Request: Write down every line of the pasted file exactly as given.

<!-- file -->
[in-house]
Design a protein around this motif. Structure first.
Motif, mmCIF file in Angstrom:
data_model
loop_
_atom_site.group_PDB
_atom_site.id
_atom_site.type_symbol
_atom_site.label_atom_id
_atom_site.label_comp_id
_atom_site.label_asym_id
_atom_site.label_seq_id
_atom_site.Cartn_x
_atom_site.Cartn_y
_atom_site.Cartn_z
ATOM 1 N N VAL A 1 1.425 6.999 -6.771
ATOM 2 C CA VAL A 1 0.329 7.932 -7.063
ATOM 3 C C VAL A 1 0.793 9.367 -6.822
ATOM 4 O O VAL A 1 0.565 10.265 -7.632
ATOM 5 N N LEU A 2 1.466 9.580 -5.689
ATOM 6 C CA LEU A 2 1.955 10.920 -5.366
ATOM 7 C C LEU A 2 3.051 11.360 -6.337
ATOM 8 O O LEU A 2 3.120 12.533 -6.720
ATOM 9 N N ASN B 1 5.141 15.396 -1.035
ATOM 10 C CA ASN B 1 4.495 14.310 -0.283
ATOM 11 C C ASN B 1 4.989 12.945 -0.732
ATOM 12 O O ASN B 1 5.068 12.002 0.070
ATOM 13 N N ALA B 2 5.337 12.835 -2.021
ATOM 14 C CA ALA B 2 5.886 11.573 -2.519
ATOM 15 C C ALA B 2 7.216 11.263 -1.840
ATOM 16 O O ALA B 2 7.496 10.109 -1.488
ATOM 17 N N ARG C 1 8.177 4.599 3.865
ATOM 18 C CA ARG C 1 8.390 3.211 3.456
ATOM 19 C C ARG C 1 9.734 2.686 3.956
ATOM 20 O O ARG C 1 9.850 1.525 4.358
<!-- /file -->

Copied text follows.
[in-house]
Design a protein around this motif. Structure first.
Motif, mmCIF file in Angstrom:
data_model
loop_
_atom_site.group_PDB
_atom_site.id
_atom_site.type_symbol
_atom_site.label_atom_id
_atom_site.label_comp_id
_atom_site.label_asym_id
_atom_site.label_seq_id
_atom_site.Cartn_x
_atom_site.Cartn_y
_atom_site.Cartn_z
ATOM 1 N N VAL A 1 1.425 6.999 -6.771
ATOM 2 C CA VAL A 1 0.329 7.932 -7.063
ATOM 3 C C VAL A 1 0.793 9.367 -6.822
ATOM 4 O O VAL A 1 0.565 10.265 -7.632
ATOM 5 N N LEU A 2 1.466 9.580 -5.689
ATOM 6 C CA LEU A 2 1.955 10.920 -5.366
ATOM 7 C C LEU A 2 3.051 11.360 -6.337
ATOM 8 O O LEU A 2 3.120 12.533 -6.720
ATOM 9 N N ASN B 1 5.141 15.396 -1.035
ATOM 10 C CA ASN B 1 4.495 14.310 -0.283
ATOM 11 C C ASN B 1 4.989 12.945 -0.732
ATOM 12 O O ASN B 1 5.068 12.002 0.070
ATOM 13 N N ALA B 2 5.337 12.835 -2.021
ATOM 14 C CA ALA B 2 5.886 11.573 -2.519
ATOM 15 C C ALA B 2 7.216 11.263 -1.840
ATOM 16 O O ALA B 2 7.496 10.109 -1.488
ATOM 17 N N ARG C 1 8.177 4.599 3.865
ATOM 18 C CA ARG C 1 8.390 3.211 3.456
ATOM 19 C C ARG C 1 9.734 2.686 3.956
ATOM 20 O O ARG C 1 9.850 1.525 4.358